The year was 1905.
A group of business owners in Victoria organized the Interstate Inland Waterway League and aimed at the goal of creating “a continuous system that would tie together the 18,000 miles of navigable waters extending from the Great Lakes through the Mississippi Valley and along the Louisiana and Texas coastlines,” according to “History of the Intracoastal Waterway” by Lynn M. Alperin.
The people who gathered at those meetings in Victoria County, which had a population of about 14,000, were innovative and forward-thinking. They developed a system that was credited for transporting commodities across water at a cost significantly less than hauling them over land.
Now, fast-forward about 109 years.
The leaders of today’s Port of Victoria also have been thinking, planning and creating big for our region’s next 50 to 100 years.
And from what we can see, their efforts are working very well and are securing a strong economic future for our growing community and region.
Robby Burdge, chairman of the Victoria County Navigation District, the port’s governing arm, said the facility had once been under the radar.
Not any more.
How the port has been operating the past few years is setting the bar on how a taxing entity that relies on public and private money should operate. The port works closely with various industries such Caterpillar Inc. and Eagle Ford Shale companies to collaborate and construct what is needed to thrive. Such partnerships have helped create a liquid cargo dock and a general purpose dock.
Port officials also have worked with the federal government and the U.S. Army Corps of Engineers to maintain its infrastructure. Those partnerships have led to improving and dredging its 34.9-mile barge canal, building a lift bridge and improving its railway system.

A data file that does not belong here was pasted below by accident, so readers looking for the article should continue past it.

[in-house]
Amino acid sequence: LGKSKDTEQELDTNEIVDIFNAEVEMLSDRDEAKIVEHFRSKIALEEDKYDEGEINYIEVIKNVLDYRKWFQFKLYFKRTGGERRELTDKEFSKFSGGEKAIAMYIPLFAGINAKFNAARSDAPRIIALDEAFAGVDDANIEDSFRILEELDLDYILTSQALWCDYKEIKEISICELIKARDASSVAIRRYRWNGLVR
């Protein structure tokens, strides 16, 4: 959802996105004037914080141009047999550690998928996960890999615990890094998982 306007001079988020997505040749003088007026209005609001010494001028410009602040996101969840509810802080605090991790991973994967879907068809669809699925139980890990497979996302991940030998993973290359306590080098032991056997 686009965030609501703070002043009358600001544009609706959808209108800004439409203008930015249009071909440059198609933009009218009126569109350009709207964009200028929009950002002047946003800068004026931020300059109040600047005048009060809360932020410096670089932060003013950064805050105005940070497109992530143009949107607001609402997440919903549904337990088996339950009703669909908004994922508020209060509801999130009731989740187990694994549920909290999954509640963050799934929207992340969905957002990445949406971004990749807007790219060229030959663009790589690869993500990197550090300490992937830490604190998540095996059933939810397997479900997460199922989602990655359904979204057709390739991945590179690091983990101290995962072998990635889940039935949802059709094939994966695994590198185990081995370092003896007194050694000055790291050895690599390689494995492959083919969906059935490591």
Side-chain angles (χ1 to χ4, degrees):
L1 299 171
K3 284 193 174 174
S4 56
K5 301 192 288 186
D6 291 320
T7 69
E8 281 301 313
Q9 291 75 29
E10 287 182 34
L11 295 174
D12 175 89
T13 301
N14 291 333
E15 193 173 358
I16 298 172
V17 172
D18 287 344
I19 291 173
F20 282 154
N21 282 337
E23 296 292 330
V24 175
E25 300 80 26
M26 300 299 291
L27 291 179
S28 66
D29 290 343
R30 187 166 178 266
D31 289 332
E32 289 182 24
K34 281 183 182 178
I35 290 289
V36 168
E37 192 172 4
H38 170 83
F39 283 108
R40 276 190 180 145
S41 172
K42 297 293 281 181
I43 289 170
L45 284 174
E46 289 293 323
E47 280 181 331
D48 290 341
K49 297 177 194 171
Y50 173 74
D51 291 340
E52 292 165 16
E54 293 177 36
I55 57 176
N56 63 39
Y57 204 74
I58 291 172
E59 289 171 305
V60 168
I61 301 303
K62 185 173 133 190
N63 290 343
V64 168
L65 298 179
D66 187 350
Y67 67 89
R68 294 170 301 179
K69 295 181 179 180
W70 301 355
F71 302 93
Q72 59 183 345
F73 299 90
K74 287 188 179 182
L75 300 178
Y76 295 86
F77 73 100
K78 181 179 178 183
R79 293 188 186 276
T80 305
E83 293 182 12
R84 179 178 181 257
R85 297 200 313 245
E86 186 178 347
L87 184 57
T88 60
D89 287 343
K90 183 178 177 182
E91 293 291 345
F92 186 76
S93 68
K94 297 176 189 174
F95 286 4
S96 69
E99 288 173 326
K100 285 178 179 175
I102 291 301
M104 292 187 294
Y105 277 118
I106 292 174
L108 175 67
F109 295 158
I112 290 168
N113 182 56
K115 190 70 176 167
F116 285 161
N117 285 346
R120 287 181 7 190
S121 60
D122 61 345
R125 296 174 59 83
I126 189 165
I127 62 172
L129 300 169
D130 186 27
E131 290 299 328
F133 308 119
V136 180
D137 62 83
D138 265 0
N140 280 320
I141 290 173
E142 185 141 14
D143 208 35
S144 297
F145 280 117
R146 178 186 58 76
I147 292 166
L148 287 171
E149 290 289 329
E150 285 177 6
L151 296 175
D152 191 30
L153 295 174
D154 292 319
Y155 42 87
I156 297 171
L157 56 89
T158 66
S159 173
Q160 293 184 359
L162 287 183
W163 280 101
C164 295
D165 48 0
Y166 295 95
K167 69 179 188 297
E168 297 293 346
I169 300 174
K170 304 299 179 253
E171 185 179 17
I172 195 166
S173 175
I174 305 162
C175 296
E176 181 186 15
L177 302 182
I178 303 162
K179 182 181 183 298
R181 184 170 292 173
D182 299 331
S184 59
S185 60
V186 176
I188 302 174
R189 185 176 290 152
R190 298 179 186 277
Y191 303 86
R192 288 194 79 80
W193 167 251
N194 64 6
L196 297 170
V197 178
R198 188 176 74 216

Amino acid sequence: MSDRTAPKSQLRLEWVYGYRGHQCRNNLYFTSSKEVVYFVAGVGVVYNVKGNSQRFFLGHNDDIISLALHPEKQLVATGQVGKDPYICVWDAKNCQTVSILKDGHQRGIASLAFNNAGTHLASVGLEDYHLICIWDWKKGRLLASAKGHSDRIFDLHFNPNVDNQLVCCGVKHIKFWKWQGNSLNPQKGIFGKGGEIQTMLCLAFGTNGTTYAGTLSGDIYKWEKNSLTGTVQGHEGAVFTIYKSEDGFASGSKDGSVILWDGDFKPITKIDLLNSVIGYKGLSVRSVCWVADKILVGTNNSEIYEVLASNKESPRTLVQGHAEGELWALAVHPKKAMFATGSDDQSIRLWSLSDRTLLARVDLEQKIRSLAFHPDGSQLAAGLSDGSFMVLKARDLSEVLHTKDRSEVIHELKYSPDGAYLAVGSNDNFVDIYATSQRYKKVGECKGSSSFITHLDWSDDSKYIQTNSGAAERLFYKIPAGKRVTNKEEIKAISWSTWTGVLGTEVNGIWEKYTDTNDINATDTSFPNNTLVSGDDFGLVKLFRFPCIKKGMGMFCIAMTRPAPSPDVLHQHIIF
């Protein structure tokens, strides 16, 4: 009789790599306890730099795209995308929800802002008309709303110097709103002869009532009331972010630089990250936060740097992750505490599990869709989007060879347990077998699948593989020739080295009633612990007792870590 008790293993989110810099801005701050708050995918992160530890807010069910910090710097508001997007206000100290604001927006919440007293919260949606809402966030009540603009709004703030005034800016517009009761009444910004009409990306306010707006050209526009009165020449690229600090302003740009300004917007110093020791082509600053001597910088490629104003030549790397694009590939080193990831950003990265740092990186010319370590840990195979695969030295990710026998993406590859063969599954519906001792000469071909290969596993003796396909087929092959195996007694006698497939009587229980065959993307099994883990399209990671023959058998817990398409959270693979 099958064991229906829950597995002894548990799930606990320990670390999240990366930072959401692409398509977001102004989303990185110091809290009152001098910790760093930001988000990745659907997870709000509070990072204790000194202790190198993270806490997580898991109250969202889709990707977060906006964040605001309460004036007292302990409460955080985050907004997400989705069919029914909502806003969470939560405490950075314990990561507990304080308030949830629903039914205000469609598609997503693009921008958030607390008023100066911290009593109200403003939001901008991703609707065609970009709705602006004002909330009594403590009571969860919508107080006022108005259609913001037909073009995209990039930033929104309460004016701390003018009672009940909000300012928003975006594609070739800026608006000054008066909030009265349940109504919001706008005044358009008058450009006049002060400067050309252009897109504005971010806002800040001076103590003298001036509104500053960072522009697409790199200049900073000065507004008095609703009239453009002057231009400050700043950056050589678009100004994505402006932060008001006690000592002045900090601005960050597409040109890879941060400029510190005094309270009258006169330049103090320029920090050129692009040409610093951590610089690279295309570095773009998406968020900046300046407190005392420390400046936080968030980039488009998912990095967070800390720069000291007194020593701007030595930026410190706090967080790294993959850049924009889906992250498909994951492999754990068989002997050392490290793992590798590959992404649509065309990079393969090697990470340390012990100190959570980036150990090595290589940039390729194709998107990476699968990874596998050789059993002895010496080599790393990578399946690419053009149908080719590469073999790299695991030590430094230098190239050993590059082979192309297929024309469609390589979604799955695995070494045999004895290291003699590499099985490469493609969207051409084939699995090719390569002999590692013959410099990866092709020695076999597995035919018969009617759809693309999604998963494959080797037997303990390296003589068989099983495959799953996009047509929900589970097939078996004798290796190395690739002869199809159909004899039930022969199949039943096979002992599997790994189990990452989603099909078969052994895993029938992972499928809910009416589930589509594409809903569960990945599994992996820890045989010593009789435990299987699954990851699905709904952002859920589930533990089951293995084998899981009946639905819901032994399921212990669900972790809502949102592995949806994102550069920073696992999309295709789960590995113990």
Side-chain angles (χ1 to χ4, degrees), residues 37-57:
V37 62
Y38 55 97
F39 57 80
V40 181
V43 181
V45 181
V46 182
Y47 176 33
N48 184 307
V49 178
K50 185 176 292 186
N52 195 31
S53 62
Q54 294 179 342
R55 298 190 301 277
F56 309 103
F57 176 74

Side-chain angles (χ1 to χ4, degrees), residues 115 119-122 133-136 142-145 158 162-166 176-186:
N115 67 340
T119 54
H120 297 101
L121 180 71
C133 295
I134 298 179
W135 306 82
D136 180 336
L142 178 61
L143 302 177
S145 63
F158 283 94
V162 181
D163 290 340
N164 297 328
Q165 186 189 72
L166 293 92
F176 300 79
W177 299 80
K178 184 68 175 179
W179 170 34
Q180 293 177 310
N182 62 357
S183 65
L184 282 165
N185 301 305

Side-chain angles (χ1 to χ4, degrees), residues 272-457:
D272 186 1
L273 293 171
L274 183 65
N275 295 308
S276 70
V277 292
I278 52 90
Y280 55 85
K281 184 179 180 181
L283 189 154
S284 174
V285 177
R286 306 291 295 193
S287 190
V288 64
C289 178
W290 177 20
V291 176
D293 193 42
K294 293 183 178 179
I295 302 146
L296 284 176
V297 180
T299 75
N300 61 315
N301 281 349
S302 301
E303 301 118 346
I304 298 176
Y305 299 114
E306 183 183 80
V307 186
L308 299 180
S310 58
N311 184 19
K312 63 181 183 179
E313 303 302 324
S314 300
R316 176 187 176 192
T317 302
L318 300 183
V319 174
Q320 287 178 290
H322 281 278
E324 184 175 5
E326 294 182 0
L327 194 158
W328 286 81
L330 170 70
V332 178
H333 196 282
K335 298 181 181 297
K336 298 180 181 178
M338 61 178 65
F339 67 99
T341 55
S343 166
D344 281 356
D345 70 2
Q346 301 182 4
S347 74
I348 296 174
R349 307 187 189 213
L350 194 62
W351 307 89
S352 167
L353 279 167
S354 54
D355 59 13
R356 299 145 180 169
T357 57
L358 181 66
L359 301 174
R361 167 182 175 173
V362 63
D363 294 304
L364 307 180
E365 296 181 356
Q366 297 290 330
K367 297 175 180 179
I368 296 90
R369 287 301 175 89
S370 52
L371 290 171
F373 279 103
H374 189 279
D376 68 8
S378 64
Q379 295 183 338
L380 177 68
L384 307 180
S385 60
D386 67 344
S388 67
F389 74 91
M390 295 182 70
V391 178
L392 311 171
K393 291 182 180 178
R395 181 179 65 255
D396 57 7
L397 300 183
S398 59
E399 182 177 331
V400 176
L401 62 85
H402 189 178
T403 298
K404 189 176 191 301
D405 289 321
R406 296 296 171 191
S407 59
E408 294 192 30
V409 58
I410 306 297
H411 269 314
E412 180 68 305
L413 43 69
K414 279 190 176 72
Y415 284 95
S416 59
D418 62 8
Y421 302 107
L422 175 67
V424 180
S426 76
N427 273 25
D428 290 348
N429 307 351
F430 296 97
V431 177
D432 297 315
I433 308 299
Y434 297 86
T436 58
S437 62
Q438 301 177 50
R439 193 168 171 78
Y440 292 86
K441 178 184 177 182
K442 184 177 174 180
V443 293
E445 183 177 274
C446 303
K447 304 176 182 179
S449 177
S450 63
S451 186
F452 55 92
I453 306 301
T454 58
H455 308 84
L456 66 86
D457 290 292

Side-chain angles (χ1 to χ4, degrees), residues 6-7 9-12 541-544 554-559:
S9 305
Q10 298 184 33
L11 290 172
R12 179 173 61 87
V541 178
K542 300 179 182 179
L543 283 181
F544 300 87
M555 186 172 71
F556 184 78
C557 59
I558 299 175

All of this work is paying off.
Activity at the Port of Victoria is creating an estimated economic impact of $10 billion for the region.
In the Navigation District’s most recent annual report to Victoria County commissioners, the Eagle Ford Shale was noted as the biggest game-changer.
More than 2 million barrels every month, of oil, sand, gravel, frac sand and other chemicals moved across port docks in 2013. This year, officials expect to reach 3 million barrels each month.
With the funding comes the best part – for taxpayers.
Money to support the various projects has come from various sources – revenue bonds, grants, general obligation bonds, the industries directly and, of course, the Port of Victoria’s taxing district.
But what’s admirable is how port officials are trying to reduce the amount of money it gets from taxpayers. And when that happens, it means private business is supporting a greater portion of the facility’s maintenance and operation.
The district collects about $1.5 million in taxes from Victoria County property owners at a rate of 2.77 cents per $100 valuation. The tax rate is expected to drop to 2.40 cents.
In 2008, taxpayers supplied 63.6 percent of the port’s total revenue. In 2015, officials estimate the taxpayer’s share to be 26.2 percent.
The region’s investment in the port is paying dividends in terms of creating jobs, increasing the area’s tax base and strengthening economic development.
With its current management, the Port of Victoria is in excellent hands and is a prime example of planning, partnership and innovation meeting opportunity – a model we need for all of our community.
This editorial reflects the views of the Victoria Advocate’s editorial board.